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Finding their paths
by Jason Collins
Jun 06, 2013 | 764 views | 0 0 comments | 15 15 recommendations | email to a friend | print
Paul Gonzales photo
Two Pettus High School graduates walk to their spot on the field during the opening of commencement ceremonies Friday.
Paul Gonzales photo Two Pettus High School graduates walk to their spot on the field during the opening of commencement ceremonies Friday.
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Paul Gonzales photo
Pettus graduate Ryan Grayson gets a last-minute primping prior to her graduation on Friday.
Paul Gonzales photo Pettus graduate Ryan Grayson gets a last-minute primping prior to her graduation on Friday.
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Brown
Brown
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Montez
Montez
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Graduation at Pettus High School Friday was stemmed in tradition and reminders that everyone influences the youths of this community.

Family tradition

It’s a family tradition for Eric Montez — being named salutatorian.

“The tradition was started by my grandfather, who was salutatorian here in 1949, continued with my great-aunt Carol in 1957 and my aunts Lynn in 1975 and Amy in 1982,” he said.

As is tradition, he thanked many of his family members — those who offered advice and support through his high school years.

“And now to my fellow classmates… thanks for showing me what not to do… from skipping class, to not showing up to school, losing your temper, not doing homework, being laissez faire, and convincing your parents, ‘It wasn’t me,’” he said. “You have truly been an inspiration.”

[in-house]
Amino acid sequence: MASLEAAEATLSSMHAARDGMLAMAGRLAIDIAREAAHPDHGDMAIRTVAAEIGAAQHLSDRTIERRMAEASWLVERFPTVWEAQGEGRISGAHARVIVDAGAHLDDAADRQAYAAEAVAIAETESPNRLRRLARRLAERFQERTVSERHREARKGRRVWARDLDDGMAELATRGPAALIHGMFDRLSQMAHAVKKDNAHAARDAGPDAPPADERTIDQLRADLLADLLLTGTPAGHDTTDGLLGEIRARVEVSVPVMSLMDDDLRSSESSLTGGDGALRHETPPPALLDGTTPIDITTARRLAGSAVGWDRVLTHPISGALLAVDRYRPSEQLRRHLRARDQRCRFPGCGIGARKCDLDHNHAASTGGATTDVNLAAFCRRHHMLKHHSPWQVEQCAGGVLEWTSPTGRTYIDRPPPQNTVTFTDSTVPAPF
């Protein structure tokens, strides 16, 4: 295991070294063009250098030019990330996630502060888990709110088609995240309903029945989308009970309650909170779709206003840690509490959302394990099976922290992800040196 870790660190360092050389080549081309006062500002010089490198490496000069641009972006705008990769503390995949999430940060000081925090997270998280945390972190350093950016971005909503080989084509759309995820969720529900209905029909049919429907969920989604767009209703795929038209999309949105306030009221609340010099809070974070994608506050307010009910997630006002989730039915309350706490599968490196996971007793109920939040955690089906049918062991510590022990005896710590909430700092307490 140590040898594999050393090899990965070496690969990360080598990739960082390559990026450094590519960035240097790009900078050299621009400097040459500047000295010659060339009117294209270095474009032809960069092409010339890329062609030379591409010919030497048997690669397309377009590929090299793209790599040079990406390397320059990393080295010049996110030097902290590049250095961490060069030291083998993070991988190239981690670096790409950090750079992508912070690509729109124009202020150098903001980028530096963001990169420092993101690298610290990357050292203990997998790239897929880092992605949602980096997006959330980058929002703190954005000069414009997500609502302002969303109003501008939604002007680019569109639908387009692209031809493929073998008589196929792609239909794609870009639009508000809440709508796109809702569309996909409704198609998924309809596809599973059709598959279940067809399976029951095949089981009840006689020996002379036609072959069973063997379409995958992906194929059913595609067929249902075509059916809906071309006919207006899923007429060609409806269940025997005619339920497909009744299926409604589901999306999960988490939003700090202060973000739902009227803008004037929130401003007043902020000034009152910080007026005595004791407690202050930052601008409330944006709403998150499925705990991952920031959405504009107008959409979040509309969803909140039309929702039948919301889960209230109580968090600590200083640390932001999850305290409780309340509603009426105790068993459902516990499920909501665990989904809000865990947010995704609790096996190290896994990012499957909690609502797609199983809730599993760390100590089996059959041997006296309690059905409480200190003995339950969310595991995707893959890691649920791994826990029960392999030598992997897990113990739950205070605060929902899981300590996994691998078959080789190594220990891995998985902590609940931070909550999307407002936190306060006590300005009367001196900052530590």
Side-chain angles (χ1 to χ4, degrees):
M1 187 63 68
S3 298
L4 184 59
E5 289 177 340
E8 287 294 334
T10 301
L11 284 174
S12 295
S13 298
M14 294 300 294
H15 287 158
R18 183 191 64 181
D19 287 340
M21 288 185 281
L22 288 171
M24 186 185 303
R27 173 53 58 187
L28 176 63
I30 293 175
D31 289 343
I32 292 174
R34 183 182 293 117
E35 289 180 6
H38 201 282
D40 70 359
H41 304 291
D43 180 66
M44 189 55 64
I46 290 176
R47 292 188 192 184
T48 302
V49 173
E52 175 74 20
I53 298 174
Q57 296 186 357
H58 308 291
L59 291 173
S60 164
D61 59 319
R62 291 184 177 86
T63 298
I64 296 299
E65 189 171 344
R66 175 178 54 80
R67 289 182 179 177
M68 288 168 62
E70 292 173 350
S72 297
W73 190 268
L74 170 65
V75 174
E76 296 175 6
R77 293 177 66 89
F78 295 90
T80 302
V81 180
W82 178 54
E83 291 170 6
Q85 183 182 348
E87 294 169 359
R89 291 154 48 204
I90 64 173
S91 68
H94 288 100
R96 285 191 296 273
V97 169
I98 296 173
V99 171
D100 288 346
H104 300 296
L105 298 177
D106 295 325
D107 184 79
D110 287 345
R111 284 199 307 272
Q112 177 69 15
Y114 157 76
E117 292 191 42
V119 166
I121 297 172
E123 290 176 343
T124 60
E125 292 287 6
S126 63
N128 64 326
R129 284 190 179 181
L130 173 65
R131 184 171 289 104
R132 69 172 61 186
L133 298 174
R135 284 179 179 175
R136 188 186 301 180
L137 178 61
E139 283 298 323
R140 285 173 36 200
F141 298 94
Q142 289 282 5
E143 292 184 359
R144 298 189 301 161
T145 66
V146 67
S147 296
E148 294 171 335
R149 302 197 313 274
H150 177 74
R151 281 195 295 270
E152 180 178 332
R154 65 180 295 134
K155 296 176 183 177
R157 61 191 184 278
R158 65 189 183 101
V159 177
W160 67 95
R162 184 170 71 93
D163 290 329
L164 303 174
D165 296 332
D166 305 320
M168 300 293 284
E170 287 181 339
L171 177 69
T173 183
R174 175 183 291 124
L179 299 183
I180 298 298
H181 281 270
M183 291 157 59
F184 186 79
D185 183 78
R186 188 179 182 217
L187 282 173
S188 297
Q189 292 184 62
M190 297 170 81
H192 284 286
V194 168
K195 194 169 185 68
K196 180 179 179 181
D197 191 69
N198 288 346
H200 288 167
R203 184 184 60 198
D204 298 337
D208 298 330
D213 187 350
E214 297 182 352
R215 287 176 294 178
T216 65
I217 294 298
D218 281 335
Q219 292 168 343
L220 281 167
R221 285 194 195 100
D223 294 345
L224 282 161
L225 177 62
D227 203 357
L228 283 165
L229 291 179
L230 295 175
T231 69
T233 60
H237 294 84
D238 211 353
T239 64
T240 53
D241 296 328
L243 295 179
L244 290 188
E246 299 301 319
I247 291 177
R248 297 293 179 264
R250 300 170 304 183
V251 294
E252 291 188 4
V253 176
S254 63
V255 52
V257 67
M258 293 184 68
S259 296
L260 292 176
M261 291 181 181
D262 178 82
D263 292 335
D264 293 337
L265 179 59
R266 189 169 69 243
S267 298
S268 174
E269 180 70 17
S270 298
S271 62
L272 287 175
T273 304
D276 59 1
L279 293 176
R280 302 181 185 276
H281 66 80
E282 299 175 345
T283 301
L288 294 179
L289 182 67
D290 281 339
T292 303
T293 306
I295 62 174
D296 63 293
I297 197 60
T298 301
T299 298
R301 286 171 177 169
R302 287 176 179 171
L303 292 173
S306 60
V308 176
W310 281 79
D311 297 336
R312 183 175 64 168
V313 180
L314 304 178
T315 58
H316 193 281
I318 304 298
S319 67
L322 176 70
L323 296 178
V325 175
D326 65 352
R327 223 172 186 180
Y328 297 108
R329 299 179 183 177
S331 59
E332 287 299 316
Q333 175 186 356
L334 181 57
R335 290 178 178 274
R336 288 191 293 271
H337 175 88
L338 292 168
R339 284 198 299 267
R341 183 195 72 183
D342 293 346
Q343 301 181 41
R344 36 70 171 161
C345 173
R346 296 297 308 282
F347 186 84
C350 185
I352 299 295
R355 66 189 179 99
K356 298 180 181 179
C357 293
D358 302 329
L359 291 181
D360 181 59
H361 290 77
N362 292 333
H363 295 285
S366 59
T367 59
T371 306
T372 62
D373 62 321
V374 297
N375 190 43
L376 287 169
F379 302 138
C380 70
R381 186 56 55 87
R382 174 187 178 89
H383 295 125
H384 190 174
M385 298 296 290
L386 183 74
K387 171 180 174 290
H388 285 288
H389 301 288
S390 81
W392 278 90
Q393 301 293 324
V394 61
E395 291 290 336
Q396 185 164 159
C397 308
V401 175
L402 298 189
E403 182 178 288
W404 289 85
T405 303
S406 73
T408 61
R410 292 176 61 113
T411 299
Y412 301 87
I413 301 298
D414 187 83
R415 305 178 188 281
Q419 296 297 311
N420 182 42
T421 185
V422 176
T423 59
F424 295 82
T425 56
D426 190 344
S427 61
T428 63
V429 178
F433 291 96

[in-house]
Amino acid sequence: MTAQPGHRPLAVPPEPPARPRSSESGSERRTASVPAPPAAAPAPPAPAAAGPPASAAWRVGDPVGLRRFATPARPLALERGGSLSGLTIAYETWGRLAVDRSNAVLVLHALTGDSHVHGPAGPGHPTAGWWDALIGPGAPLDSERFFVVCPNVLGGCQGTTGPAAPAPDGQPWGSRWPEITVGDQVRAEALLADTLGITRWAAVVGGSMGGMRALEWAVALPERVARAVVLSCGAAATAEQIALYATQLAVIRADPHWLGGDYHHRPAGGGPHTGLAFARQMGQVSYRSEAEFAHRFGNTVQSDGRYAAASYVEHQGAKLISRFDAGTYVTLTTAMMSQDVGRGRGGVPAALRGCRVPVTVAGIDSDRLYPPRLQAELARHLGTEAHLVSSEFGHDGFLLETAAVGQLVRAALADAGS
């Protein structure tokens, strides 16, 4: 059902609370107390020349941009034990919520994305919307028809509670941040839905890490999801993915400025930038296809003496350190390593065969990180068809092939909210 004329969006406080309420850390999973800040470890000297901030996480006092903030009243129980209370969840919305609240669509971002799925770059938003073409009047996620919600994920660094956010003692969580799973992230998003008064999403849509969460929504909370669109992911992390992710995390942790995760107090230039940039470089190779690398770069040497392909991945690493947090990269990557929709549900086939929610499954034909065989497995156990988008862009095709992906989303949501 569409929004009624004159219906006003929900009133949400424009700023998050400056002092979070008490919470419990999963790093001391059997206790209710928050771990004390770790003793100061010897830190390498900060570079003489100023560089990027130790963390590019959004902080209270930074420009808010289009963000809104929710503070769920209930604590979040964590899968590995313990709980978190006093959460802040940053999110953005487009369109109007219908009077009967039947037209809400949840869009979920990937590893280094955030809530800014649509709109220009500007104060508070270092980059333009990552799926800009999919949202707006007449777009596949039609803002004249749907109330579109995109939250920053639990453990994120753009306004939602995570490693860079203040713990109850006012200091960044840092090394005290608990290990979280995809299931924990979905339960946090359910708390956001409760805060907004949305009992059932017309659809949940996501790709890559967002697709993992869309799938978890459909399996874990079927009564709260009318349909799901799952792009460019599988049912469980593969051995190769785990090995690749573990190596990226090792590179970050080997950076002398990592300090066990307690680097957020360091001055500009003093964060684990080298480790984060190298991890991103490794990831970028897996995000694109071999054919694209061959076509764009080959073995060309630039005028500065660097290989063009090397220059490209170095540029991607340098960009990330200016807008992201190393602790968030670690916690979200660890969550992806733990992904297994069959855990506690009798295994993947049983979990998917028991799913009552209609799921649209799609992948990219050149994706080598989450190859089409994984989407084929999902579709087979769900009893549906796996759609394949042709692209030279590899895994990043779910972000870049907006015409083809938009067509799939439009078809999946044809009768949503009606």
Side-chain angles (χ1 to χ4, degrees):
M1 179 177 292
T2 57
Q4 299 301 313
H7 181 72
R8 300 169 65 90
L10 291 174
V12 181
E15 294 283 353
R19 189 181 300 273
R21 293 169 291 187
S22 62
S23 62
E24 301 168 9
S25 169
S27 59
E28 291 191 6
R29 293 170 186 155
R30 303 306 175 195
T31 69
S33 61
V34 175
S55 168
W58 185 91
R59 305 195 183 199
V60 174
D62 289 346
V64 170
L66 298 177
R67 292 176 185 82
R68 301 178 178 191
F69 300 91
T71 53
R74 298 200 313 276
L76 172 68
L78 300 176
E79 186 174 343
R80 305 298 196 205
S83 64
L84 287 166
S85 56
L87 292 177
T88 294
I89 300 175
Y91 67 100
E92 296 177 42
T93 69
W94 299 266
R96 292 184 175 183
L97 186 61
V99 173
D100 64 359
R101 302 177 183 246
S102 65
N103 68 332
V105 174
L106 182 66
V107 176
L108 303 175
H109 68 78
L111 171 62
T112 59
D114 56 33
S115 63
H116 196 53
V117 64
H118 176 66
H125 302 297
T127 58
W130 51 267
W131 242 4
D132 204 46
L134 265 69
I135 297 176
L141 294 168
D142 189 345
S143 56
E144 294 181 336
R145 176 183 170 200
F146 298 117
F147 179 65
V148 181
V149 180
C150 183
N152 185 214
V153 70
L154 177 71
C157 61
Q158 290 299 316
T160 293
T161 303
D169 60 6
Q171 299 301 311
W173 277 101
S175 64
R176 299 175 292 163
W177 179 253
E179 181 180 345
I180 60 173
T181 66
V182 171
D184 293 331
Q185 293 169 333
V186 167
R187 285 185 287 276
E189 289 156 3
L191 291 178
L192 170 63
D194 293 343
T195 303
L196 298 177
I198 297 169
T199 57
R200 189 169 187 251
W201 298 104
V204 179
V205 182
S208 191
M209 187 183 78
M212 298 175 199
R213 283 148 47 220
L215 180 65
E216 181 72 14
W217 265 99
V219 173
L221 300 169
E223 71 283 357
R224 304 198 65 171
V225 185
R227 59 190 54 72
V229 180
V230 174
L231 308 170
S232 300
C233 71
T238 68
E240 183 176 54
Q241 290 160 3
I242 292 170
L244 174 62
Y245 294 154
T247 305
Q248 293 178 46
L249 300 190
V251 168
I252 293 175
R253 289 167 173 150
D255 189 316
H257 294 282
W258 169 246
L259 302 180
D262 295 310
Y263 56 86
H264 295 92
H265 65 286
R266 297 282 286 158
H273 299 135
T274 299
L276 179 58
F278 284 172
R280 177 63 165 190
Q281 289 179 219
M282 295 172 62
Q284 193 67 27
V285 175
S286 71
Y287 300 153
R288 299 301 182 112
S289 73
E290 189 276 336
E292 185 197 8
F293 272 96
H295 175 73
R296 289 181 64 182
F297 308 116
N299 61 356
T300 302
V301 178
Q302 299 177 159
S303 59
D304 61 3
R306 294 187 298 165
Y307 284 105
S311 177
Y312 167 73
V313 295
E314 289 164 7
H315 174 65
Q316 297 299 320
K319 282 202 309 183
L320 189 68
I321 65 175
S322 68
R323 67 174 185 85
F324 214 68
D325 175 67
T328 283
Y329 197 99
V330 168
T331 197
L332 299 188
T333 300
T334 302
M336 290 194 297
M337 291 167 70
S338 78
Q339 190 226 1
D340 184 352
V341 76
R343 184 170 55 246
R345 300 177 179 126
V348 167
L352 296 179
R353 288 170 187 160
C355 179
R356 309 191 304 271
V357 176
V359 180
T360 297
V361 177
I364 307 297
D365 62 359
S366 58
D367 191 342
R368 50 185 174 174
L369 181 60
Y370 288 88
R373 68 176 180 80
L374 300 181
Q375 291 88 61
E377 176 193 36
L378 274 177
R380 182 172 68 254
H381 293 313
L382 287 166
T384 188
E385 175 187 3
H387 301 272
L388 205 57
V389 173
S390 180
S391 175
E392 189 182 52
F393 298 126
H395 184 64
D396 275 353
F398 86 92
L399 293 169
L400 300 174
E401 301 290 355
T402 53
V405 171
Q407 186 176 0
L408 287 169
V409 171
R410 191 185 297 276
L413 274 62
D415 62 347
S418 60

Be unique

He spoke to his friends, asking them to not be “one of the crowd.”

“What America needs today is more youth who are willing to be an individual — youth who have the courage to stand up and be counted,” he said. “I challenge you today to be an individual.

“Decide what you believe in and why you believe in it and, above all, don’t be afraid to let other people know about it.

“Have the courage to stand up and say, ‘This is what I know is right.’”

Inspiration and

influence

Clay Brown, during his valedictory address, said that he knows inspiration and influences come from everywhere.

“Kelsey, you’re the best big little sister,” Brown said during his speech. “Whether it’s being the loudest person in the stands or helping me write a speech, you’re always there for me.”

No less of an influence was his aunt Rachel.

“When I look at you, I can see in your eyes that your faith in God never decreases,” he said.

“You have taught me to never take life for granted because you never know what it might throw at you.”

As any good son would do, he would never omit his parents in his words of appreciation.

“You were always there to support me whether it was a basketball game or an academic event,” he said of his mom but echoed similar words for his dad.

There were also the teachers who passed along their wisdom and his fellow classmates from whom he learned life lessons.

“I want to also thank my fellow classmates and friends for providing me with great memories that I will never forget,” he said. “Like us guys turning the AG shop into a muffler shop or hard-core stomach aches during baseball practice.”

Congratulations

He, like the salutatorian, congratulated the fellow seniors, adding that this is just the beginning for them.

“Through our accomplishments, we have left tattoos on this town,” he said. “Ralph Waldo Emerson once said, ‘Do not go where the path may lead; go instead where there is no path and leave a trail.’

“So we too should go forth and blaze our own trails.”

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